Figure 4 Floating Driver

Figure 5 Kernel Hooks Diagram

Figure 6 IP Tracking Information

The malware also selectively deploys these tools based on the targeted machine's operating system version.

Figure 7 Selectively Deploying Malcode Based on System Version

After that the malware starts several threads to handle Command and Control. The main thread begins by decoding the configuration stored in another section of the PE.

Figure 8 Configuration Decoder

This is a simple single byte XOR loop and the configuration is 426 bytes long. The configured IP address is displayed in the memory output panel once the routine has run. The malware then begins the 25-second beaconing loop to the configured command and control (C2) IP. It creates the TCP socket with the C2 and then profiles the system for information included in the beacon. The beacon is not encoded and contains the magic "windows update", the host MAC address, machine hostname, OS version and the configured IP address padded by blocks of 0x00. There are 3 blocks of 64 bytes and one with 32 bytes. The beacon pattern is structured enough that a Lua parser available in RSA Live is capable of parsing and registering the victim machine's data for easy tracking. The mac address registers in the alias.mac meta key, the hostname registers in the and the IP address registers in alias.ip. The actual alert for this shows up in the ioc, Indicators of Compromise meta key.

Figure 9 SuperCMD Trojan Beacon

Figure 10 SuperCMD Parser Output

The malware uses threads to deal with communication and mutexes to control the I/O functionality so that the two threads aren't writing to, or reading from, the same address space in memory. These mutexes also give the malware its name SuperCMD.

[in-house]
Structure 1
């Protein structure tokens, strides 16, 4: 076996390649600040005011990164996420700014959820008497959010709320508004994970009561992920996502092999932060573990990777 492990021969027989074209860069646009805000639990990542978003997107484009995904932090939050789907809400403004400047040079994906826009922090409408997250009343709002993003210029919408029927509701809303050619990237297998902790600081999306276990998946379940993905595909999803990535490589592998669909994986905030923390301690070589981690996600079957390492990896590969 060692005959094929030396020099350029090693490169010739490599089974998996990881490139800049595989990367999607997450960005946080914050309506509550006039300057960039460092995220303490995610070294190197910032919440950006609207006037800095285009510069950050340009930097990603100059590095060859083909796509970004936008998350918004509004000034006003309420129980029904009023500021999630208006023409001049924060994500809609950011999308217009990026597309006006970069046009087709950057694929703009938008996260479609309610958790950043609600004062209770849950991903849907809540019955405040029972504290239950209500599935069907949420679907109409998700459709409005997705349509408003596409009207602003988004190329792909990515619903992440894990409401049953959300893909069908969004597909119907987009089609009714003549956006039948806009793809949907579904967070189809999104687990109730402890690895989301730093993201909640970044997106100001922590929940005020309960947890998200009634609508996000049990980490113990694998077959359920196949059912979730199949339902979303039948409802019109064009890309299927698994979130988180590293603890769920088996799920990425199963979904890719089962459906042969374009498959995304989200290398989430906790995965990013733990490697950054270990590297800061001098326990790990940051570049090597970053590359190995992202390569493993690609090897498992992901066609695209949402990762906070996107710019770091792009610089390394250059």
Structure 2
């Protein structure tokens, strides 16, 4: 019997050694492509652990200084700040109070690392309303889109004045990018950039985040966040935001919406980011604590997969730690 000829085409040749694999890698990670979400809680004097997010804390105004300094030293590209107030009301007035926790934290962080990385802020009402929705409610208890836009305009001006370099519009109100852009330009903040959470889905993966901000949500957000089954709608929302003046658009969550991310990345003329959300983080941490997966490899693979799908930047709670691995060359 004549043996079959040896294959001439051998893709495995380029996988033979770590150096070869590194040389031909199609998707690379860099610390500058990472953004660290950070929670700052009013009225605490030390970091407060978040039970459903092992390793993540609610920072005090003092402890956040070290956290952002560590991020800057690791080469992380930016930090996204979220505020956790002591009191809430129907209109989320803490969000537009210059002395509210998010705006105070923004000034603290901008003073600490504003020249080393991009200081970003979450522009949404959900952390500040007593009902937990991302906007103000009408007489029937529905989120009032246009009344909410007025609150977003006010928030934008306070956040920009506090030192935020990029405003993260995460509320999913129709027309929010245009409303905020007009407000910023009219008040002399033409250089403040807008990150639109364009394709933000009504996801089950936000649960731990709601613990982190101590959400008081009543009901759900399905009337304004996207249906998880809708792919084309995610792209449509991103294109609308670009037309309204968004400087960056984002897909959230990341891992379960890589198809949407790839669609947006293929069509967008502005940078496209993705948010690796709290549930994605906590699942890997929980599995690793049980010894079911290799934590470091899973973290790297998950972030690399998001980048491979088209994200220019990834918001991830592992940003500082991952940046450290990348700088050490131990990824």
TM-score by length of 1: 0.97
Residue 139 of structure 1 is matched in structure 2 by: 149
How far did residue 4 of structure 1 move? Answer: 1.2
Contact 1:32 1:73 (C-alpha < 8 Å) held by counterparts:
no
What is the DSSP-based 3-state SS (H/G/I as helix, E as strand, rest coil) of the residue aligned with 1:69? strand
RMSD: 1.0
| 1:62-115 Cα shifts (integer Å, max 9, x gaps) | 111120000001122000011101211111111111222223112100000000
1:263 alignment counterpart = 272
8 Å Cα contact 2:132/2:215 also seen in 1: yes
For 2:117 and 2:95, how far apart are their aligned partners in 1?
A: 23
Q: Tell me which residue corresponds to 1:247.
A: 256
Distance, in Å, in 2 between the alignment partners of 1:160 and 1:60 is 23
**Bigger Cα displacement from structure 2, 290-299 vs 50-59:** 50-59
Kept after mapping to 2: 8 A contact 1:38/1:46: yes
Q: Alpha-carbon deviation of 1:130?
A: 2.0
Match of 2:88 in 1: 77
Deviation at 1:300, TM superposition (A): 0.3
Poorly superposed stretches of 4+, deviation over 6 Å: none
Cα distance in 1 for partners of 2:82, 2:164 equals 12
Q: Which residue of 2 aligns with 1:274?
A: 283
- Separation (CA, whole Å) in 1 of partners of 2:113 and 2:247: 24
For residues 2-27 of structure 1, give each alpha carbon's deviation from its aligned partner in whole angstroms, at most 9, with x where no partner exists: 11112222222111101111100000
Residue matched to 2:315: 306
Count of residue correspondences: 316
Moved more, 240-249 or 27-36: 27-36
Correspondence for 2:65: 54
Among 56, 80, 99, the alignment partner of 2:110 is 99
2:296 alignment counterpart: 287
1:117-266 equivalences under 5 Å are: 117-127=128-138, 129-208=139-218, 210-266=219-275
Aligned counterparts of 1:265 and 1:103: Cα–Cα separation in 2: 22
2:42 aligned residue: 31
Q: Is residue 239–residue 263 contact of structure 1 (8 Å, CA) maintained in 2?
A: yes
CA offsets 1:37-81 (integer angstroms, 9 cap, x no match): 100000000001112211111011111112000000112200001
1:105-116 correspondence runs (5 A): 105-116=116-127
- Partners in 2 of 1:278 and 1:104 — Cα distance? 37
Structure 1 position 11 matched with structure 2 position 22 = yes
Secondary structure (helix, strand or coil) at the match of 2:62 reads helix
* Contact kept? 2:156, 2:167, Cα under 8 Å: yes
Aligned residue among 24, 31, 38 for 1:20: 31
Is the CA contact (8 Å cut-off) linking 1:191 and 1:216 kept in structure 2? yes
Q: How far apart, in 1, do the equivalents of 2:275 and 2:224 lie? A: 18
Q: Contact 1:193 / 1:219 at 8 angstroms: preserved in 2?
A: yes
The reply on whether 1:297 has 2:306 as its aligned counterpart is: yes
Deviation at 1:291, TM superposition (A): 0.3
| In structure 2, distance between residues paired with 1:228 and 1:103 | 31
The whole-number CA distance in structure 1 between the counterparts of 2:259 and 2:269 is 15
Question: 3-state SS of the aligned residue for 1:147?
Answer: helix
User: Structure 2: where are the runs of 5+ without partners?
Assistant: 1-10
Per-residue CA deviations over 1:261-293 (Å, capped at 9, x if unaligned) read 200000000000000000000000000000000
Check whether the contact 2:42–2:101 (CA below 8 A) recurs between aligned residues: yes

Figure 11 SuperCMD Receive Mutex

Figure 12 SuperCMD Send Mutex

The received data is XOR'd by another simple XOR loop.

Figure 13 C2 Response Decoder

After that it's parsed by another function and can create an interactive shell, upload and download files, create directories, rename files - basically, anything you can do from the command line. It also contains code to take screenshots of the desktop, sending the data back as an encoded JPEG using the algorithm below.

Figure 14 Encode JPG Screenshot of Desktop

The key, 0xF0 is an interesting choice since it flips the most significant nibble of each byte and leaves the least significant nibble alone.

The unorthodox method of loading a Kernel driver rootkit coupled with the RFC1918 C2 IP, as well as the compile date being March 28th at 9:08:43 AM UTC, which is 5:08:43 AM EST and then being uploaded to VirusTotal on April 8th is interesting. This may signify an ongoing breach where the malware authors are actively battling the network owners' attempt to remediate the intrusion. Oftentimes, malware is entrenched in network segments that do not have direct Internet or proxy access and authors will install redirectors on segments that can reach the Internet as well as be reached by the segment they require access to. The destination IP being in the CIDR address space also coincides with the default Virtual Box NAT address space, so it could be a development test for detection rates. The .virus extension is from an F-Secure detection, but the VirusTotal version of F-Secure failed to detect it when submitted on April 8th. As of April 14th, the file is now detected by F-Secure.

YARA Signatures
rule SuperCMD
author = "RSAIR 10APR2017"
$mz = "MZ"
$supercmd1 = "supercmd_ready"
$supercmd2 = "supercmd_recv_ok"
$supercmd3 = "supercmd_send_ok"
$config_decoder = { 30 88 ?? ?? ?? ?? 40 3D ?? ?? ?? ?? 72 F2 }
$mz at 0 and all of ($supercmd*) and $config_decoder
rule SuperCMD_rootkit
author = "RSAIR 10APR2017"
$mz = "MZ"
$decoder = { 8B 44 24 30 8B 58 08 8B 4C 24 2C 33 19 8B 70 0C 83 FE FE 74 3B }
$hooker = { 44 00 72 00 69 00 76 00 65 00 72 00 5C 00 6E 00 73 00 69 00 70 00 72 00 6F 00 78 00 79 00 00 00 5C 00 44 00 65 00 76 00 69 00 63 00 65 00 5C 00 54 00 63 00 70}
$mz at 0 and $decoder and $hooker
Tags: RSA Research, Research and Innovation, Beacon, Detection, Heuristics, Malware, RAT, SuperCMD, Yara